Wednesday, August 29, 2012

The problem with crowdsourced content

We have whole lot of sites featuring reviews written by their readers on pretty much all topics. Of these, at least the front runners attract large traffic volumes, have a devoted user base, and are, I assume, making money. However, I want to discuss what I think is wrong with them.

The problem is the method of generating content. All these sites rely on a bevy of users to come write reviews on the products/service that the site focuses on and that they have used/experienced. This can be restaurant, book, travel, gadgets, or whatever else. Via friendly UIs, facilitated social media interaction etc., users are encouraged to contribute data for each others benefit. This strategy is very effective in generating large amounts of data. However, it is very bad at generating cohesive data.

In general, I have three somewhat interconnected problems with this:
  1. Data is of poor quality – Since the website wants readers to submit reviews, it can rarely hold them accountable to the quality of their writing. The aim is to lower the barrier to writing and social media sharing. Get him to write. No matter he writes, get him to write. To be fair, most of the reputed website will intervene if you write inflammatory or profane material, but apart from that, pretty much anything goes. As a direct consequence, the quality of review in terms of both the content (what is written) and the form (how it is written) goes down. Most people write unbalanced reviews, either giving full marks and endless praise or griping about a very bad experience.This can be avoided to some extent by making sincere efforts at moderating and community building (StackOverflow is a great example), but none of the major commercial websites seem to be doing so.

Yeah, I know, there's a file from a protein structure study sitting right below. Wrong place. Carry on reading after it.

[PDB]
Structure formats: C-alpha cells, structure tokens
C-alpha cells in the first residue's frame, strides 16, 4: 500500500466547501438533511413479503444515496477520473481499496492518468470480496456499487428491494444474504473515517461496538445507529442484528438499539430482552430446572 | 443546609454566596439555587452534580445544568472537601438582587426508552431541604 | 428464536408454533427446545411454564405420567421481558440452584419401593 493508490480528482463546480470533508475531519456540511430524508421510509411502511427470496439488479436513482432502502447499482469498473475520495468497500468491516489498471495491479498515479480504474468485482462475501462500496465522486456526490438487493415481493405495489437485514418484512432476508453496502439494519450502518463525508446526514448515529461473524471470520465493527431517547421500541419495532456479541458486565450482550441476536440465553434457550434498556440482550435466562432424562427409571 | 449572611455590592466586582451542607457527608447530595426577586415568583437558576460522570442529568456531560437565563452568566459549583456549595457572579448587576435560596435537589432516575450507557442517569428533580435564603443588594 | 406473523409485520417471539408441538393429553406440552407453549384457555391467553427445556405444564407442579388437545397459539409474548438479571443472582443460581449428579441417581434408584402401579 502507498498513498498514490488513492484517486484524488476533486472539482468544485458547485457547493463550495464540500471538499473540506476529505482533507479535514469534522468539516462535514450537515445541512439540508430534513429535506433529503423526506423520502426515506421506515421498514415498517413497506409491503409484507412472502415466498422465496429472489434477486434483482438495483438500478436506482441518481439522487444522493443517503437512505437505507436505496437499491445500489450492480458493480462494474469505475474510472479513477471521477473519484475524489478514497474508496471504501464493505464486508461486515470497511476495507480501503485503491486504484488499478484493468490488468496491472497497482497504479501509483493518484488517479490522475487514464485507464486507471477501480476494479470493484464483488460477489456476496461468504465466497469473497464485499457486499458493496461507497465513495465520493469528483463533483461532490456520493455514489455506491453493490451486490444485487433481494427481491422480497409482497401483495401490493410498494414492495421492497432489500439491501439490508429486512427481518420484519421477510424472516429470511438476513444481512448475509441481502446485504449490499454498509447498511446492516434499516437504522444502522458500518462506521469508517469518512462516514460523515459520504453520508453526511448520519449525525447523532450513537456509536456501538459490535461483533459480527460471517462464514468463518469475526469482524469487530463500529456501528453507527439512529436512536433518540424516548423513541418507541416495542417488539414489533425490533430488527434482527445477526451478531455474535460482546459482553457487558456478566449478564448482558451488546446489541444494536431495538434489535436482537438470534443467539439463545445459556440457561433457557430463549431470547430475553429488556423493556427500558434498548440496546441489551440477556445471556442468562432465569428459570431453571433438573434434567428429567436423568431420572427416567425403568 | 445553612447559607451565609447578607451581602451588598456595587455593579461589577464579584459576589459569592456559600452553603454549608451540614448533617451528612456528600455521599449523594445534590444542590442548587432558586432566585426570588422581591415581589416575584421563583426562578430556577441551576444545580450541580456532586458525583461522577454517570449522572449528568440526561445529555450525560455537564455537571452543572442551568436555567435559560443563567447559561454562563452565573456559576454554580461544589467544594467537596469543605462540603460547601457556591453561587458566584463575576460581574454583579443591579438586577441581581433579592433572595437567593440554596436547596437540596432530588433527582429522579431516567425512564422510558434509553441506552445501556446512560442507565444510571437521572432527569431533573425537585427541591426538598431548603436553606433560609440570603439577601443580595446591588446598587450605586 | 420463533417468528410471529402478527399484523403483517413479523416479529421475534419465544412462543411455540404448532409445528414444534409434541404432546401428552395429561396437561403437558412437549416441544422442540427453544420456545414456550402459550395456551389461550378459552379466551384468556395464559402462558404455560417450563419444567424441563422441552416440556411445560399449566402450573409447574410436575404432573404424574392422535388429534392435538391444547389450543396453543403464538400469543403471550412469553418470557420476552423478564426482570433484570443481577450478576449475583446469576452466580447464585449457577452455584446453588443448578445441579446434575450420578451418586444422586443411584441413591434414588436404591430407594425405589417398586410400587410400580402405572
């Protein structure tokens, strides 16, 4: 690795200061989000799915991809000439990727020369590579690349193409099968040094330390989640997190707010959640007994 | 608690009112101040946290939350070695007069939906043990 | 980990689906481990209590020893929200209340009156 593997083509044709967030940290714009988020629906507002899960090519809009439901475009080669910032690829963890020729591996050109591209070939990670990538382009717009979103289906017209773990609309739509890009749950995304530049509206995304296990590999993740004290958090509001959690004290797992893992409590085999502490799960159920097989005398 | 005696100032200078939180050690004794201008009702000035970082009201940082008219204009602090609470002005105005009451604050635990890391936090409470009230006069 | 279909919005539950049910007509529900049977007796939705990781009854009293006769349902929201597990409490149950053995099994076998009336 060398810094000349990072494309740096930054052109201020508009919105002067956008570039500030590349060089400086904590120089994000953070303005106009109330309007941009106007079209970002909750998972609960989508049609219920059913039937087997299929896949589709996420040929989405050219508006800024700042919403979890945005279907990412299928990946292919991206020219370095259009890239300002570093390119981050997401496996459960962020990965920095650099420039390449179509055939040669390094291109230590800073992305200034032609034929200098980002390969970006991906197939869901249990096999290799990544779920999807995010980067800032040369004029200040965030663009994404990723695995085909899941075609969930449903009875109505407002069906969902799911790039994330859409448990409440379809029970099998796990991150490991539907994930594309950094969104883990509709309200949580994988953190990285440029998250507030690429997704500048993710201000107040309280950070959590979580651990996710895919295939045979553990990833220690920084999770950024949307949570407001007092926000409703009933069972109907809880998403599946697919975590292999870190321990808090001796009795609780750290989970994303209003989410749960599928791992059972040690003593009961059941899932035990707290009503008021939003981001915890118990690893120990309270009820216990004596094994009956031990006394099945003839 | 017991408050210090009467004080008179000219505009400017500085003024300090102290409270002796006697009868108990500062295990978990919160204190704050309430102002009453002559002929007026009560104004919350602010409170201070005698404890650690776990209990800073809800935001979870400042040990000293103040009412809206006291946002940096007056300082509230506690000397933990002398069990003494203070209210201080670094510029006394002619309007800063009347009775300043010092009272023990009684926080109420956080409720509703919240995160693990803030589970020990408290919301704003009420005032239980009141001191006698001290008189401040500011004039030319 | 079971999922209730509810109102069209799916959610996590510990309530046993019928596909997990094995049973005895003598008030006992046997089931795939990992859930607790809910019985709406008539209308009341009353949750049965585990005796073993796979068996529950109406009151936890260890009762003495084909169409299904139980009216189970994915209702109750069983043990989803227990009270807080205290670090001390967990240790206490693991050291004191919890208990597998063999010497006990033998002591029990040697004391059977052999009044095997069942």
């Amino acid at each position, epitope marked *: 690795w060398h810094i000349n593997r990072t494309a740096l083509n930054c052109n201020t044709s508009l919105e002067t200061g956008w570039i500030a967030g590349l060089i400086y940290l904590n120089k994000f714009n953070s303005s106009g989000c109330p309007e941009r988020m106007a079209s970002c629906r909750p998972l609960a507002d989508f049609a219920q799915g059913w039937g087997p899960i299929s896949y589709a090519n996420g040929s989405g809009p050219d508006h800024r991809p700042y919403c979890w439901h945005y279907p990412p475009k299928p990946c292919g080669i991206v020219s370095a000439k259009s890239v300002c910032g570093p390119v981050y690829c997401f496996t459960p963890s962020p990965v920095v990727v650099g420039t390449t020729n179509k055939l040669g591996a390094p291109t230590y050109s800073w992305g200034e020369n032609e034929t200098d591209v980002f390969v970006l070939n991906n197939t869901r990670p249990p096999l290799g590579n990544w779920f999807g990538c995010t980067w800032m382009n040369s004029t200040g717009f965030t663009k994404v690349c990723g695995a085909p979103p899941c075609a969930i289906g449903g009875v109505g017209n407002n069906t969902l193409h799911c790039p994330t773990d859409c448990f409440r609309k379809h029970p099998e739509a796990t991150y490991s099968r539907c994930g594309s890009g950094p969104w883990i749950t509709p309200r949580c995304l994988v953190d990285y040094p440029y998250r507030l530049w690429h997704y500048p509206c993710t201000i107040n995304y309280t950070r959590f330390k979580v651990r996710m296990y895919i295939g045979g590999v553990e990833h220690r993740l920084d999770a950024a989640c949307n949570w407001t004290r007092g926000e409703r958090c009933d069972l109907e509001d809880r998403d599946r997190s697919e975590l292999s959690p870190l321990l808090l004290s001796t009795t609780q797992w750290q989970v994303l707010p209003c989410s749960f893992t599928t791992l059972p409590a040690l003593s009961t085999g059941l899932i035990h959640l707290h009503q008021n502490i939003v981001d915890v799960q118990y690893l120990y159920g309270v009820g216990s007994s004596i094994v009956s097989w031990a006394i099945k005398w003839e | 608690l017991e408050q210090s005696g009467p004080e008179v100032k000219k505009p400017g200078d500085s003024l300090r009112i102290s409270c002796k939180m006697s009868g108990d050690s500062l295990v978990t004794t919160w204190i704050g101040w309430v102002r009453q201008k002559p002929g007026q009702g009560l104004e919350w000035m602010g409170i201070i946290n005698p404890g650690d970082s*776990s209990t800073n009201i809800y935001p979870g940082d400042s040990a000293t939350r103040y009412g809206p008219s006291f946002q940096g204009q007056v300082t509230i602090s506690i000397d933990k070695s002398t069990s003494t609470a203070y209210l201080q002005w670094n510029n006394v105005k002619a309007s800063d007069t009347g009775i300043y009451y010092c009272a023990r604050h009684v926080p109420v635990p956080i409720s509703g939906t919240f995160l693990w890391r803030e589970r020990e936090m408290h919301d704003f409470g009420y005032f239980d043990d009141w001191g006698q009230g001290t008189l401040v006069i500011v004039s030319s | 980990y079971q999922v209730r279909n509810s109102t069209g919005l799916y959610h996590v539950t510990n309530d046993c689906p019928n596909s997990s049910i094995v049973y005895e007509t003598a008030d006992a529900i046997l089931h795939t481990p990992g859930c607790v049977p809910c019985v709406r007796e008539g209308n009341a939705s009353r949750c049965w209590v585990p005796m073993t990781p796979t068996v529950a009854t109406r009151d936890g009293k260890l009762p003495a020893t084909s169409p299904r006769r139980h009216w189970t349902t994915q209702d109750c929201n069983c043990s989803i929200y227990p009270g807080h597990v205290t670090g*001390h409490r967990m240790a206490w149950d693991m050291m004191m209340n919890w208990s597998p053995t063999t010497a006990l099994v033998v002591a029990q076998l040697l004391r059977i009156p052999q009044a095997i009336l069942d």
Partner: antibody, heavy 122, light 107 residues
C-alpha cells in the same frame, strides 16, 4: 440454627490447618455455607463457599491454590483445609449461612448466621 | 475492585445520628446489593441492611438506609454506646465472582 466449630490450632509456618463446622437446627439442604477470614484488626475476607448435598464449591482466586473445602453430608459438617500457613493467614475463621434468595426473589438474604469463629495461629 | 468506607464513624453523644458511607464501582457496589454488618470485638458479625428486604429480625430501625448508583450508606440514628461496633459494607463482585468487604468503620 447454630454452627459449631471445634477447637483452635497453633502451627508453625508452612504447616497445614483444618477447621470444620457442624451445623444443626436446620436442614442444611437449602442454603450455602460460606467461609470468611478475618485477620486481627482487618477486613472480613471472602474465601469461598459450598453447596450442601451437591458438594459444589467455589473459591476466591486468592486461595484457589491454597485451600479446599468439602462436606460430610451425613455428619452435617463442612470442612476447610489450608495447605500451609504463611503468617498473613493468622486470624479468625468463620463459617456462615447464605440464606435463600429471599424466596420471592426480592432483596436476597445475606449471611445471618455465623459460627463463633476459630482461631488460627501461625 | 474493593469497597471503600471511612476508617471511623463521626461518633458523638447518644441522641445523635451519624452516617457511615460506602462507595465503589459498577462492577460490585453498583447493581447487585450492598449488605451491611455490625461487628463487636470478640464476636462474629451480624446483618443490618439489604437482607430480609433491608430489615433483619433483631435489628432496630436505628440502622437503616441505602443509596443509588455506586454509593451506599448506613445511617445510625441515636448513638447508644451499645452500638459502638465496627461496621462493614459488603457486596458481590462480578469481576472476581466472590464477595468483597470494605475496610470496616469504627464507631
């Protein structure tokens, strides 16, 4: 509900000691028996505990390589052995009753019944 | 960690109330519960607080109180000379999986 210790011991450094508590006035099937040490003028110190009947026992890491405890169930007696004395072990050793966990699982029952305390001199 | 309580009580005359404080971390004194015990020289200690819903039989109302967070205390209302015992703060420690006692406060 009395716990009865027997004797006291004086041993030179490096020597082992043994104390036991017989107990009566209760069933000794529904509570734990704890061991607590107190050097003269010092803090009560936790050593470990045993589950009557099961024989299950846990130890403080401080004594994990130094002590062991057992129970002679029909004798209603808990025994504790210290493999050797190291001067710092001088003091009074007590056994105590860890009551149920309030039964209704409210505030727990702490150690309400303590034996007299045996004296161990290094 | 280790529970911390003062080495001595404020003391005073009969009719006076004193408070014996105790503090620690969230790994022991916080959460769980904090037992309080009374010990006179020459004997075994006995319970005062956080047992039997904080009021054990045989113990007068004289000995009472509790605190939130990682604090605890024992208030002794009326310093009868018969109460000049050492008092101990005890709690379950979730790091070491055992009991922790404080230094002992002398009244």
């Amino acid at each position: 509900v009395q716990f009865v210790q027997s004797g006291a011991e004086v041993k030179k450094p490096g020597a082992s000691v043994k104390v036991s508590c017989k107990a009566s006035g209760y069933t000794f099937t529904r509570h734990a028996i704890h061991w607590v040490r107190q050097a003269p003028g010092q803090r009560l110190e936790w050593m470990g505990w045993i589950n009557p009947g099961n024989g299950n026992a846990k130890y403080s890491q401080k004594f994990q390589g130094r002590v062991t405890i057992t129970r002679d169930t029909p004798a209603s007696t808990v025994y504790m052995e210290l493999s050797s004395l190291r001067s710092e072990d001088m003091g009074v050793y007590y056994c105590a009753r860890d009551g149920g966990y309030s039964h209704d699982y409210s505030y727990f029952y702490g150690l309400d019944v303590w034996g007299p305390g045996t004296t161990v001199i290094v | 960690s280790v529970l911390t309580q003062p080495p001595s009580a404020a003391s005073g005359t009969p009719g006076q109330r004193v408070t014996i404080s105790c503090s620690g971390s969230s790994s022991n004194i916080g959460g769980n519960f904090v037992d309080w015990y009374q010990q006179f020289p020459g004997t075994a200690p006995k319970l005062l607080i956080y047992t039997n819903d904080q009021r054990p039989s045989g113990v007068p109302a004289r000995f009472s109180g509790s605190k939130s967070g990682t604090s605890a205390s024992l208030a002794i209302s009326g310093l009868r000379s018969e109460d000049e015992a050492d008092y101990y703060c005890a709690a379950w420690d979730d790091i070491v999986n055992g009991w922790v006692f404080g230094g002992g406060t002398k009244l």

2. There is just too much data – This is the explicit result of successfully inducing readers to submit content to a site. Since anyone can submit anything, the data volumes are large, and it becomes well-nigh impossible to find information. This is what I like to call the Problem of 500 reviews. What I mean by that is that on any successful reviews site, today you can find 500 reviews for pretty much every single item. Too much data is not much better than no data. The best this deluge of disjointed reader inputs can give us is a general sense of how people like something. As an experiment, choose any famous book about which you know nothing, and try to find out about the book using only GoodReads reviews. I am fairly regular on the site, but I mostly do it for the bragging rights, and to let my friends know what I am up to.
  3. Data is without structure – I totally agree that a successful travel site of the kind that we are talking about will have all data about some destination. But how do we find this data? Since it is broken up across a large number of unconnected reviews, it is very difficult to present the information in a coherent, intuitive manner. It is now left to the reader to sift through the data that each reviewer has provided and collate the data he needs (when to get there, how to get there etc.)
The crowdsourced content model is like a group discussion where everyone is talking at the same time. There is no anchor or reference around which a discussion can be built.

IMO, a far better alternative is to have an informed member write one review, and then use that to gather all sorts of varied and personalized experiences regarding the topic of discussion. It may seem so up front, but such a model (critic-driven model, if you will) is not about classroom style information broadcast. The Expert has not spoken. It is about providing a structured core, the basic information, and then inviting the readers to extend that into a wider body of information. If you want people to spend time and effort sharing their opinion, it is only fair that you offer them something in return.